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Seasonic SS-300SFD 80 Plus: Little Big PSU

November 30, 2005 by Mike
Chin

Product
Seasonic SS-300SFD Active PFC F3 - 80 Plus

300W SFX12V v3.0 Power Supply
Manufacturer
Seasonic
MSRP
US$60

In the midst of all the gleaming silver, blue-glowing, features-bursting power supplies that dance across the SPCR test bench, it can be a relief to come across a product utterly devoid of excess. The Seasonic SS-300SFD - 80 Plus version is such a functional-oriented product that it is not even available in a retail package; it is sold only as an OEM product. This usually means it is hard to find. Seasonic USA says this model can be obtained through industrial supply sources, Jameco Electronics, Power-on and Microstandard. At time of writing, only Power-on had stock, for $55.

SFX power supplies are considerably smaller than ATX power supplies, and are usually rated for much lower power output. Typical SFX ratings in the past have been 180W, 200W, 220W, and more recently, 250W. This Seasonic is the first and only 300W SFX model that has been available in the marketplace, as far as we know. That it has the high efficiency certification of the 80 Plus program makes it doubly unusual. The product has been available in the US for a few months.



The most powerful SFX power supply to date.

Why is this power supply interesting?

  • Interest and development in smaller PC systems continues to grow. Aside from the obvious breadbox-size small form factor system from the likes of Shuttle and AOpen, there are also many more highly featured microATX boards being released. These need both suitable cases and power supplies, especially for media PCs, which is the source of much of the interest in small computers.
  • A 300W PSU is probably about right for a media PC. This Seasonic is the first to offer 300W.
  • Seasonic has a long reputation for making very quiet, highly efficient power supplies. This 80 Plus model promises the best of all worlds.
  • A Seasonic SFX12V power supply was used in an early mini-ITX DIY system created by yours truly a few years ago. I called it PC in a Breadbox. It was virtually silent.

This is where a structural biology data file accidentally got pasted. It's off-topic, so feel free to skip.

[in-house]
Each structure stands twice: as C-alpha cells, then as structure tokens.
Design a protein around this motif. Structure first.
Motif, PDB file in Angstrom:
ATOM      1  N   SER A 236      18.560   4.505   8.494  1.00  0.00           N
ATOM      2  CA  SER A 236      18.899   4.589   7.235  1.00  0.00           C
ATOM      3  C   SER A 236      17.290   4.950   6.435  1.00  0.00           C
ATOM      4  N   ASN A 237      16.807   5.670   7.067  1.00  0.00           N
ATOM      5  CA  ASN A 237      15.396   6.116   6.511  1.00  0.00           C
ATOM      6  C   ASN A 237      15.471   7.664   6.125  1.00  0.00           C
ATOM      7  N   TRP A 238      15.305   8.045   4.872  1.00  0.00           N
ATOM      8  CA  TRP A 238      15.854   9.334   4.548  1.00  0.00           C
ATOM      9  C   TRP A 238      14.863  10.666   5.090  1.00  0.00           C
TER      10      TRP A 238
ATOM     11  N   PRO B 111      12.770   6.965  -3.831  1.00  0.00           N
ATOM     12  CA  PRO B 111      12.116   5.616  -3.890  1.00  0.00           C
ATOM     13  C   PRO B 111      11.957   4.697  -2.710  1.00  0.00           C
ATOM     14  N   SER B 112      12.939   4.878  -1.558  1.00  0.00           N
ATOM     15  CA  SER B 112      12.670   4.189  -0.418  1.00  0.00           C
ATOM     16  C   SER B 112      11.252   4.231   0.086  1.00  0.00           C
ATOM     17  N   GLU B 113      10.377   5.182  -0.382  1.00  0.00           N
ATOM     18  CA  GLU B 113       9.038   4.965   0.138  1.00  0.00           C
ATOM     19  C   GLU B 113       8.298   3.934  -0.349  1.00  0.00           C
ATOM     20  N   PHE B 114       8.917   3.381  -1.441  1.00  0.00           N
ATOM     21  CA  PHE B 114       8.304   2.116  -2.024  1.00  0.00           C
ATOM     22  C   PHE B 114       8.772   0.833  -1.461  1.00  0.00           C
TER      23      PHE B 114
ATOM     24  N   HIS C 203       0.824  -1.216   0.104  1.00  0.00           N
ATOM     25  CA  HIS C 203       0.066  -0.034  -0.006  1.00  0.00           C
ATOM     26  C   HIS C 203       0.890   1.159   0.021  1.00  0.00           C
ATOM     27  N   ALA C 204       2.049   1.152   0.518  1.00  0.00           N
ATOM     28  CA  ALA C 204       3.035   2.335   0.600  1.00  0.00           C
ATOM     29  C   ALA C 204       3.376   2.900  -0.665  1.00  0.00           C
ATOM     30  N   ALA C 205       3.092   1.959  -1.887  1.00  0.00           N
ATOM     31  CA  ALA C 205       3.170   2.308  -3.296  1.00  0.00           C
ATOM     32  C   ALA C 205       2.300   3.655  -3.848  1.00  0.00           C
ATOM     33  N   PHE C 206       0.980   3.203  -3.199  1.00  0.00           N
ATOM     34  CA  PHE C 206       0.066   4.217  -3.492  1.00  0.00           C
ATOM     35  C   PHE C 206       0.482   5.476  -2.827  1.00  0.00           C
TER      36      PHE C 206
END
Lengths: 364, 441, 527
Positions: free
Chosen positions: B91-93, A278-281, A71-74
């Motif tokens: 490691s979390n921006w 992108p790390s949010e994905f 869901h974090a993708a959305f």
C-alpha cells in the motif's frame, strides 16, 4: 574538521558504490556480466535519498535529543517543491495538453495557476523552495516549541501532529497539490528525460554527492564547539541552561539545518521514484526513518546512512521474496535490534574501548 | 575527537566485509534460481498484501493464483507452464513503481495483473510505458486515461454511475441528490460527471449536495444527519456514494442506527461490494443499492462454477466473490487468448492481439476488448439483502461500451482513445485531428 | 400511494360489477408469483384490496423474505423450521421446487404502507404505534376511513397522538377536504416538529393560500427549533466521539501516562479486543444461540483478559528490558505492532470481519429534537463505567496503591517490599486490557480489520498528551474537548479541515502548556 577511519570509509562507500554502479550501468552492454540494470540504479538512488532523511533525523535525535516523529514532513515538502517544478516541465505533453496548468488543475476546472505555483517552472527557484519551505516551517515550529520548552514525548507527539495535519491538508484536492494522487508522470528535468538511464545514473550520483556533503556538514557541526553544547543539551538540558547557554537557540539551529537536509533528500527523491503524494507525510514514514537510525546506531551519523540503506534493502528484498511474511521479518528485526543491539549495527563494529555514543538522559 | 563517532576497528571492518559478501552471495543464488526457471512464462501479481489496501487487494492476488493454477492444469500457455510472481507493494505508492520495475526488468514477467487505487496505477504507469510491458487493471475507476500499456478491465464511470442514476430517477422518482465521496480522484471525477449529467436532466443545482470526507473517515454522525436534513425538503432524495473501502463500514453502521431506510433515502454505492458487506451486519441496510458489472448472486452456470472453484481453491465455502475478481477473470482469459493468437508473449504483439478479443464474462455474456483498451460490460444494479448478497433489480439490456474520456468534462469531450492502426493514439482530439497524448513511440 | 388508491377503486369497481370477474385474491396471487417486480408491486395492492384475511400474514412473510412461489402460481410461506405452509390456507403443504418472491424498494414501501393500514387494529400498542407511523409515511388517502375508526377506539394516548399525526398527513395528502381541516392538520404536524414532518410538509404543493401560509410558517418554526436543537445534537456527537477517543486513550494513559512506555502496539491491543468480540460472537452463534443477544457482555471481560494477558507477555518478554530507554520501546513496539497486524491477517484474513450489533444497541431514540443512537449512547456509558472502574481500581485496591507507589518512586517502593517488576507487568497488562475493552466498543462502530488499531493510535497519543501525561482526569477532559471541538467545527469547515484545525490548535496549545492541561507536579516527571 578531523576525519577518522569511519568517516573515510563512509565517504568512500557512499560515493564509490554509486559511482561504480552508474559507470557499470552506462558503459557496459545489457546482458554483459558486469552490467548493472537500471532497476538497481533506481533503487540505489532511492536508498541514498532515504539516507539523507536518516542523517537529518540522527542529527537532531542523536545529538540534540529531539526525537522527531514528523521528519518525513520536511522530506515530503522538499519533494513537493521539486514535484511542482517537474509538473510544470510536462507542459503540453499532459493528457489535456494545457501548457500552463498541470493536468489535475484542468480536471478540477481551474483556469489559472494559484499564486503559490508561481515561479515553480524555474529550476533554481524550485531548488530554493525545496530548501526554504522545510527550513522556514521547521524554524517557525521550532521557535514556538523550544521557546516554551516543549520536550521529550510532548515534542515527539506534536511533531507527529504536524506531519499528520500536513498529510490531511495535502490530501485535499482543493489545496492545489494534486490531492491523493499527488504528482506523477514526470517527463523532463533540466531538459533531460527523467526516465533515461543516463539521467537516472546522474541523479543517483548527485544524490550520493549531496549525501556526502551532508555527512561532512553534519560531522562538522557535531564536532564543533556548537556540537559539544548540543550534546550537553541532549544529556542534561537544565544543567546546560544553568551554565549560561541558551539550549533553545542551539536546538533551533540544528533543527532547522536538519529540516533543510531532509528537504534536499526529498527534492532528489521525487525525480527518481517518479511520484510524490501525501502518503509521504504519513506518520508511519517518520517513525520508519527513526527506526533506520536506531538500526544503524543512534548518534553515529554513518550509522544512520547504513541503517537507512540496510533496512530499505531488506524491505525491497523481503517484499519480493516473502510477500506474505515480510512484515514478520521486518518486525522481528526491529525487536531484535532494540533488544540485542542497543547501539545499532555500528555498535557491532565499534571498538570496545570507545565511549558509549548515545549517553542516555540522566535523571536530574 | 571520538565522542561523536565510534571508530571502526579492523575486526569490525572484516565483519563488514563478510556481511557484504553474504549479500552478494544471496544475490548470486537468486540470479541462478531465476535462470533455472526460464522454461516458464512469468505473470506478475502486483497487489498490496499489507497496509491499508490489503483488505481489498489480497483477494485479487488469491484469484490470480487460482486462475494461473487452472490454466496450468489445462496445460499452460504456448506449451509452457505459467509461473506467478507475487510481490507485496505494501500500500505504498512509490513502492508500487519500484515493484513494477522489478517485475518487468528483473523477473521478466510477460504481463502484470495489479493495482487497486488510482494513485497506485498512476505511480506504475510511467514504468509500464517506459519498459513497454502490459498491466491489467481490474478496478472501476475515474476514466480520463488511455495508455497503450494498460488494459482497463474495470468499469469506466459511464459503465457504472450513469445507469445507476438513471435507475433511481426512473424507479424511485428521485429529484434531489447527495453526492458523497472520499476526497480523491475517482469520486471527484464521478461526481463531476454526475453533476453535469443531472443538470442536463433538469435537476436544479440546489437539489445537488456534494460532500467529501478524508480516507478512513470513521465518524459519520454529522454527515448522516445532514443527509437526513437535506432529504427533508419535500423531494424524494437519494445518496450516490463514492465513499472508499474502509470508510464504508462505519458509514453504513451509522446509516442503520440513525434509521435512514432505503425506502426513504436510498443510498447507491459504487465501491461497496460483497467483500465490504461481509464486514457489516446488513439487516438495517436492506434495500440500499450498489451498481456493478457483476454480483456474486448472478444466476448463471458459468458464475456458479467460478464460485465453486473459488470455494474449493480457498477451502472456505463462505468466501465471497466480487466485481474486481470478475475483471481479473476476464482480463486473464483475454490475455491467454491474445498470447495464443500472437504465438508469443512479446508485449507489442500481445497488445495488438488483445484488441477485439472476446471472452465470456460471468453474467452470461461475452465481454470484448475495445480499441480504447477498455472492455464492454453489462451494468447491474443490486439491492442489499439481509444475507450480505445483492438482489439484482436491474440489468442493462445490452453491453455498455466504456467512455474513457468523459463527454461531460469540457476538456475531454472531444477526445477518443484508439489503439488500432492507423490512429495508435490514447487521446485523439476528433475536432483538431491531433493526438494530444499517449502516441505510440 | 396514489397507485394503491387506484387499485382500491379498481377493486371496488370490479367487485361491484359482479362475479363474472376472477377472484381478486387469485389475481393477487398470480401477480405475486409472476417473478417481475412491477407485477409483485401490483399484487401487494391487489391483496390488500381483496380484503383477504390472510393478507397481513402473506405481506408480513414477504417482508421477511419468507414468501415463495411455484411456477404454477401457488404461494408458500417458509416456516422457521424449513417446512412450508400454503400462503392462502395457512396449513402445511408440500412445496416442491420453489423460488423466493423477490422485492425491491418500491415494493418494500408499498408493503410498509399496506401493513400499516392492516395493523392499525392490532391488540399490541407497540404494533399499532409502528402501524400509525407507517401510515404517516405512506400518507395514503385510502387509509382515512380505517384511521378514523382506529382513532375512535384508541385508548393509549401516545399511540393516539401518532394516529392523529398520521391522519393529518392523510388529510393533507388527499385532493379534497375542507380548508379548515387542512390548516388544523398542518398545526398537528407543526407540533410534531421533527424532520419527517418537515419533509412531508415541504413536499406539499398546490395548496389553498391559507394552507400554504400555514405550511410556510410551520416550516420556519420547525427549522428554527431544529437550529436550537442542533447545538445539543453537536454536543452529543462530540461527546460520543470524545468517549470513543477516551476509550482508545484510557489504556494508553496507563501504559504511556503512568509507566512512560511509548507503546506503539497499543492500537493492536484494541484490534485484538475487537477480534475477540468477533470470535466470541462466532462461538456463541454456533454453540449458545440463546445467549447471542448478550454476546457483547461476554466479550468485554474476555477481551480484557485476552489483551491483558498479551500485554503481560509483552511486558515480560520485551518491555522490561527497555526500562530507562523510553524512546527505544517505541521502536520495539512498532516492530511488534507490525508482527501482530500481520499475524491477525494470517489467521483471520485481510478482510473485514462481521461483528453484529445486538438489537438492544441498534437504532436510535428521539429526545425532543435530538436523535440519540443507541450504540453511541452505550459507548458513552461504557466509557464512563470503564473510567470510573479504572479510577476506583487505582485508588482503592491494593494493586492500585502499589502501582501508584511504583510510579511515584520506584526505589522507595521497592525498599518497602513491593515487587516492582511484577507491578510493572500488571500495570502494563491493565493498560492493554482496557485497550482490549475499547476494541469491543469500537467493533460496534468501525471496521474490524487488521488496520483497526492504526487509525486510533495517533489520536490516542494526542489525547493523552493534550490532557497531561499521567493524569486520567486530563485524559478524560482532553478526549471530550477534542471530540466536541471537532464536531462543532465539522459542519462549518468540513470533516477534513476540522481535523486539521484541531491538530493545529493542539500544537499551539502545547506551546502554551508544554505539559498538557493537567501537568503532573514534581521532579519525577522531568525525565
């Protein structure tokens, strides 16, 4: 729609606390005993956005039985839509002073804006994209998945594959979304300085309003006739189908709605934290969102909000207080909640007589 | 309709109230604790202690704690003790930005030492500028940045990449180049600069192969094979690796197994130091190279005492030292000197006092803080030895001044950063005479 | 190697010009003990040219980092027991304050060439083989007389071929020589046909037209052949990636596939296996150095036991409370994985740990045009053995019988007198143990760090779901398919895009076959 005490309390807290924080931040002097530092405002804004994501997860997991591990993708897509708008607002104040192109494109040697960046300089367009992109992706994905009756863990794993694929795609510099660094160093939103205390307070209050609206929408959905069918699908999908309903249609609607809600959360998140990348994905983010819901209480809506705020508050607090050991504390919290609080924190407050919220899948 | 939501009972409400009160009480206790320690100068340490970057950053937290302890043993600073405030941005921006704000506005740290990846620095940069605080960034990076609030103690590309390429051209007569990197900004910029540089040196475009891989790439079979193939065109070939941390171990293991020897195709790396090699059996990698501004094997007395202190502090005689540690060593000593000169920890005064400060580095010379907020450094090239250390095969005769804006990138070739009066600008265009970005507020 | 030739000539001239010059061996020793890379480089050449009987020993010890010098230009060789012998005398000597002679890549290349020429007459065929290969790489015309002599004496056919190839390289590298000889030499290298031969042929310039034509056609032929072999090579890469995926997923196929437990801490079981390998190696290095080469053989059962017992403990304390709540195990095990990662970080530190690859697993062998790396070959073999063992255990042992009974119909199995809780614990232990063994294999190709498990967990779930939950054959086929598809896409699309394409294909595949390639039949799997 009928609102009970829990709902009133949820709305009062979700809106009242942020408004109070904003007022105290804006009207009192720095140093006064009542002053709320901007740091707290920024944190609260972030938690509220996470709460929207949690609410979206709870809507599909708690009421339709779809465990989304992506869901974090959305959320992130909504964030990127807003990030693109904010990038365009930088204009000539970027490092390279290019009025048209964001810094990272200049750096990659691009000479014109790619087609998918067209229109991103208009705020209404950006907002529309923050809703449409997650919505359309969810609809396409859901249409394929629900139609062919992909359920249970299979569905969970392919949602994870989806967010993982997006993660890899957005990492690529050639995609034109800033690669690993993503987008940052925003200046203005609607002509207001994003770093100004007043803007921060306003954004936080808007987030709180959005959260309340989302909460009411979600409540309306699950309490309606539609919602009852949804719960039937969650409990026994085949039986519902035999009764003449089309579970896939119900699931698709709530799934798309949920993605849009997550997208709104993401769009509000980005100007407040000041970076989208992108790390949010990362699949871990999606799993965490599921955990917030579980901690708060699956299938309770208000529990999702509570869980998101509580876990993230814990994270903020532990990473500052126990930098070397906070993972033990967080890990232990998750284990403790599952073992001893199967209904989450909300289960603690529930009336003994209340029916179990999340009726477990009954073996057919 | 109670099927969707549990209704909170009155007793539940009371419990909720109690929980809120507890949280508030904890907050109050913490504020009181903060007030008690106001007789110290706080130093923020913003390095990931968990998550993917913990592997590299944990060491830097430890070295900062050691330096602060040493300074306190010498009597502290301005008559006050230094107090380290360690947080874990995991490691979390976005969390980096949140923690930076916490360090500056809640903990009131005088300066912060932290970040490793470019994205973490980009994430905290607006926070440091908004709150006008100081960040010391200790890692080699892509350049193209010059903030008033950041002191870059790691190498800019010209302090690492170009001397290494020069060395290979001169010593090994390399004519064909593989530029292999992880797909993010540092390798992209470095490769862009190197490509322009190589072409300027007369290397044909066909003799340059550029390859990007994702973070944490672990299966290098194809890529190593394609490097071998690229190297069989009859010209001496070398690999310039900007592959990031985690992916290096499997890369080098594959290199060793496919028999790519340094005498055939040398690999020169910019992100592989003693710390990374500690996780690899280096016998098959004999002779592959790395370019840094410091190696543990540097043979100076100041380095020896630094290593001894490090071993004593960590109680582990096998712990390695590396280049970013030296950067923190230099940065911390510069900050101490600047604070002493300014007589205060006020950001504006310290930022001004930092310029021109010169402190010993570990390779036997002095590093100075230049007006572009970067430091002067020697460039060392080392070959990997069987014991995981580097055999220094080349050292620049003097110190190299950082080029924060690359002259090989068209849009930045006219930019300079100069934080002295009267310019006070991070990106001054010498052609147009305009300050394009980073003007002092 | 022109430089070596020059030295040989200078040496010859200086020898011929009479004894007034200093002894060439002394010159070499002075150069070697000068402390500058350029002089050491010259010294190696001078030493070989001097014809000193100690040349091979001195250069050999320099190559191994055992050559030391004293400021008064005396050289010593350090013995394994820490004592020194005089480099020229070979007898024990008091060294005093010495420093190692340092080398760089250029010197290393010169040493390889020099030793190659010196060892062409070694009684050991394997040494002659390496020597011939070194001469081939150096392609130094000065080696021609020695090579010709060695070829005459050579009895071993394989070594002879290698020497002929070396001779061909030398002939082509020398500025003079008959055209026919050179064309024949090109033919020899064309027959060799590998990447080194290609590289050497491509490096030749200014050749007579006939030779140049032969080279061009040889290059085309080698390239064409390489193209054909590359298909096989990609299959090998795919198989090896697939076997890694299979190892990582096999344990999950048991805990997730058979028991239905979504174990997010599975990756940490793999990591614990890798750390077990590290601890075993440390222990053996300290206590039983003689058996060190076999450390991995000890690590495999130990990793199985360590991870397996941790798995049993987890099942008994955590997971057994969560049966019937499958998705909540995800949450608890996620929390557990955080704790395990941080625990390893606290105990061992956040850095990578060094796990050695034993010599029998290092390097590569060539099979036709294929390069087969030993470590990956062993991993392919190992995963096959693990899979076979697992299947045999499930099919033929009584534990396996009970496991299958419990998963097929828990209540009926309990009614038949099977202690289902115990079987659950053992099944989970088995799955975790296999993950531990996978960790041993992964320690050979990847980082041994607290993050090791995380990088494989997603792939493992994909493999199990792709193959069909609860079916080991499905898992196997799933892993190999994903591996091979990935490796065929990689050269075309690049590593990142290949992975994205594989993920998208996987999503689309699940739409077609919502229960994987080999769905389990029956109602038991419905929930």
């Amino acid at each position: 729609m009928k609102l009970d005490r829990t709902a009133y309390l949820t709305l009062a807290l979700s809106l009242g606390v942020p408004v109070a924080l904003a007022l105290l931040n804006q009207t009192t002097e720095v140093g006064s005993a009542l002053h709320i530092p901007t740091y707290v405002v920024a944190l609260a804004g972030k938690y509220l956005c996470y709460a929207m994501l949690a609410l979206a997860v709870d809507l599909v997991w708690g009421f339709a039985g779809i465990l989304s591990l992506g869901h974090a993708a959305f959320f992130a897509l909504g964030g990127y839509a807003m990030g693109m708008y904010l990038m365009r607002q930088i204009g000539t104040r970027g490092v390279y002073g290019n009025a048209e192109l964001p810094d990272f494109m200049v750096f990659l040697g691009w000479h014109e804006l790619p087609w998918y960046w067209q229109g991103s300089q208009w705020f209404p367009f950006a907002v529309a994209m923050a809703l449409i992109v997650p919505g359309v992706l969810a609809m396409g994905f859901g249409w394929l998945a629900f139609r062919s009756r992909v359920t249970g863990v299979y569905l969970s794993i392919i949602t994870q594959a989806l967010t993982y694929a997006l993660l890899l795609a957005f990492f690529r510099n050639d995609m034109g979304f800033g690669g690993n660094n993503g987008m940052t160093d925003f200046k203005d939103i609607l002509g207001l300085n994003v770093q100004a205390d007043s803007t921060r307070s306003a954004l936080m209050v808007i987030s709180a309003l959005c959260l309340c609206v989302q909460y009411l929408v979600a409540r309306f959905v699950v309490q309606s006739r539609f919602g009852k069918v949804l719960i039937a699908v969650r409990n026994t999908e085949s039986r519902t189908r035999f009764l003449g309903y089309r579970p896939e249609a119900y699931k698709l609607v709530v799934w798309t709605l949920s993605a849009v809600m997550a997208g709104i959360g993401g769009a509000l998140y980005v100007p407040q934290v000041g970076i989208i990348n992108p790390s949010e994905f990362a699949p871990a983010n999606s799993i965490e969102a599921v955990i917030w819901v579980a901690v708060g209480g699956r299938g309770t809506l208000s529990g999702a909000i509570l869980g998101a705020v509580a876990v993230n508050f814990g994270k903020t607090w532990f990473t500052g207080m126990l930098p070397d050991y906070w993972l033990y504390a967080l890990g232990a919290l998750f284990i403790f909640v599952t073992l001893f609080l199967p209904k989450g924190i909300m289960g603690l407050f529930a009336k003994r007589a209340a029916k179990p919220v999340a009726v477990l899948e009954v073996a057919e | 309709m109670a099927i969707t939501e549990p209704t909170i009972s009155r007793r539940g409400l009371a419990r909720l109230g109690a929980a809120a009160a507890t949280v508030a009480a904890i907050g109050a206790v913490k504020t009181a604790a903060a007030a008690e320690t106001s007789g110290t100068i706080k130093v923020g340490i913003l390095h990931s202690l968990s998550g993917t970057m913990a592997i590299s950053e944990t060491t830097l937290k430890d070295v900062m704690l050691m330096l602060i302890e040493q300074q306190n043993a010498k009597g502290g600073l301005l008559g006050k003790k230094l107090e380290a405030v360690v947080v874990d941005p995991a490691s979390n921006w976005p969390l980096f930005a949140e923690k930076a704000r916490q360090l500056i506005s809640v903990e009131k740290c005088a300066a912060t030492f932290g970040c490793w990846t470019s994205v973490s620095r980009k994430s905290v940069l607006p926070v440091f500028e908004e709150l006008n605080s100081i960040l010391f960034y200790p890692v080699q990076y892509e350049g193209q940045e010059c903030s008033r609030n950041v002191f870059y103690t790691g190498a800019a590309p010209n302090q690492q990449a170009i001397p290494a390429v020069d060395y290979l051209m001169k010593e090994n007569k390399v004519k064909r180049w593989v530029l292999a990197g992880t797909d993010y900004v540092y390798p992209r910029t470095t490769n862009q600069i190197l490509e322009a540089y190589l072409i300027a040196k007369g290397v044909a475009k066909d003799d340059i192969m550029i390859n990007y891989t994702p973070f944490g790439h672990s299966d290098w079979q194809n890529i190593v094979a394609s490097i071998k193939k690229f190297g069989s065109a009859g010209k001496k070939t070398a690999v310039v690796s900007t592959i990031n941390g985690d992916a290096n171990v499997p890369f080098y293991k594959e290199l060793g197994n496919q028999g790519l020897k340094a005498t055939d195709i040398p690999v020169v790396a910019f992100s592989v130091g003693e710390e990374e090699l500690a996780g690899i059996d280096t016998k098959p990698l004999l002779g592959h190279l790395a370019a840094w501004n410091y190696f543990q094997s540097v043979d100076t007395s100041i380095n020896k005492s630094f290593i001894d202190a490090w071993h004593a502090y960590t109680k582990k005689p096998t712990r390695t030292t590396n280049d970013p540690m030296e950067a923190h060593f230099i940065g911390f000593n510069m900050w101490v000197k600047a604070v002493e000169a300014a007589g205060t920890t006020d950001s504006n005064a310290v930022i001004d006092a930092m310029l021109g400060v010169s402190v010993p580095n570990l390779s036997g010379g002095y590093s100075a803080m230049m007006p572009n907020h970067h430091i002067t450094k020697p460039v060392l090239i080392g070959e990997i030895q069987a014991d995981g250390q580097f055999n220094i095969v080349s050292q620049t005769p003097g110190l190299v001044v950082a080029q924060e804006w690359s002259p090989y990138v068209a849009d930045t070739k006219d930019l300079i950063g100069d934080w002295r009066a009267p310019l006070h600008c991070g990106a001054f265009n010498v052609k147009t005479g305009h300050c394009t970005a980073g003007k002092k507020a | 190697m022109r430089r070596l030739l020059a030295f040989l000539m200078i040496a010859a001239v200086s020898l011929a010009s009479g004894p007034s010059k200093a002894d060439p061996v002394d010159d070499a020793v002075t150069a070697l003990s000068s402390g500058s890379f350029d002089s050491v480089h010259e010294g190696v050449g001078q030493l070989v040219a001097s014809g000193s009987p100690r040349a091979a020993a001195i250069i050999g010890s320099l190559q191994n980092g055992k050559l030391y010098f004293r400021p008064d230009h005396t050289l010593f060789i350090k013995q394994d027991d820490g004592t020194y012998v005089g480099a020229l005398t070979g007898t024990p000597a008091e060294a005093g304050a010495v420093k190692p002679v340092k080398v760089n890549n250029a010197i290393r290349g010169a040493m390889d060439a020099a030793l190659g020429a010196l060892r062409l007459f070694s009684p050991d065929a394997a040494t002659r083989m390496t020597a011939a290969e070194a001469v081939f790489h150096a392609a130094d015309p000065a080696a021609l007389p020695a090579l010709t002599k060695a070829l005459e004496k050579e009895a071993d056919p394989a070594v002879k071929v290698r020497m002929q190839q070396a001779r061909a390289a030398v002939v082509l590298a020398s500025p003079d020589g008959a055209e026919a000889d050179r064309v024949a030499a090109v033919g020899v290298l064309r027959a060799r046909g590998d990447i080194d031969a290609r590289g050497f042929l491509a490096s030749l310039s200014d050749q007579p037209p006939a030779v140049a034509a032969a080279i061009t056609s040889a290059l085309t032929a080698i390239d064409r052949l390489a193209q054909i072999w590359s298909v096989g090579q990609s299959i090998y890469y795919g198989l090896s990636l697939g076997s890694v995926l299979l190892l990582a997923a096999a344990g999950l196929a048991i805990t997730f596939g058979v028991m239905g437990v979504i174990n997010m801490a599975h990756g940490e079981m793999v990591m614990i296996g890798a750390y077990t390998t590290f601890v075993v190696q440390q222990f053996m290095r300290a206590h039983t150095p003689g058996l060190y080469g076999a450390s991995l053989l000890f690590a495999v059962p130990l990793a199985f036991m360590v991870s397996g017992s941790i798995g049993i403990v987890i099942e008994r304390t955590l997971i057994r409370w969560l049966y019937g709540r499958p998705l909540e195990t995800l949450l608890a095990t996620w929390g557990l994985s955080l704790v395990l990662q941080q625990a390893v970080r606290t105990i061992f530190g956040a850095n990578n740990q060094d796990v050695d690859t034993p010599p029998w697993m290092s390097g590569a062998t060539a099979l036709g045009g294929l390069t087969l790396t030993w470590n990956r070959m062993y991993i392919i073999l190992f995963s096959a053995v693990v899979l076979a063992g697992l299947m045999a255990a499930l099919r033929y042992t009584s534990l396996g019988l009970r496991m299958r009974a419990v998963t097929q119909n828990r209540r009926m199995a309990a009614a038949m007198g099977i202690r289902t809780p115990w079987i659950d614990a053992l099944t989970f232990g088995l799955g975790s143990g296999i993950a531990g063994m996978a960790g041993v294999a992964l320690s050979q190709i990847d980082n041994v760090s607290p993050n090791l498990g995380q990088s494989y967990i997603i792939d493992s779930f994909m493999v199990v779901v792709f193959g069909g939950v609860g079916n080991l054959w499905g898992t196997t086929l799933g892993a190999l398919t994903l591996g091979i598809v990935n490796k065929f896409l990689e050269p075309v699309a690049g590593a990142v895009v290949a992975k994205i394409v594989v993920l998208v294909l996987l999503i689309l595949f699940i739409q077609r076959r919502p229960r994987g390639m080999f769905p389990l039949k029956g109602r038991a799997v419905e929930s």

WHAT IS SFX?

Some of you may be wondering about the "SFX12V v3.0" designation. This power supply form factor was created by Intel in 1997 as an alternative to the ATX power supply in small systems. The details can be found at Form Factors. In their document called microATX System Design Suggestion, Intel suggests that SFX power supplies be used for mATX systems. SFX PSUs, or variants thereof, have been used in systems by some big brands, including HP and eMachines.

The most recent SFX12V revisions are v3.1 (dated March 2005 but only released very recently) and v3.01 (dated June 2004). Version 3.0, which the PSU under review conforms to, dates back to February 2004.

You might ask fairly why this Seasonic PSU conforms to a standard that is over 18 months old. The answer is that there is always a lag between the release of a standard and the first release of products that conform to that standard. Product development takes time. Then there is the simple issue of demand. SFX power supplies are sold in small quantities compared to ATX. Demand dictates quantity, revenue potential, profitability. Naturally products in lower demand are updated less frequently, never mind how often Intel changes the spec.

In truth, the difference between the three versions mentioned are small. Version 3.01 introduced two changes:

? Updated 3.3 V remote sense pin # on the main power connector

? Updated 12V2 DC Output Noise/Ripple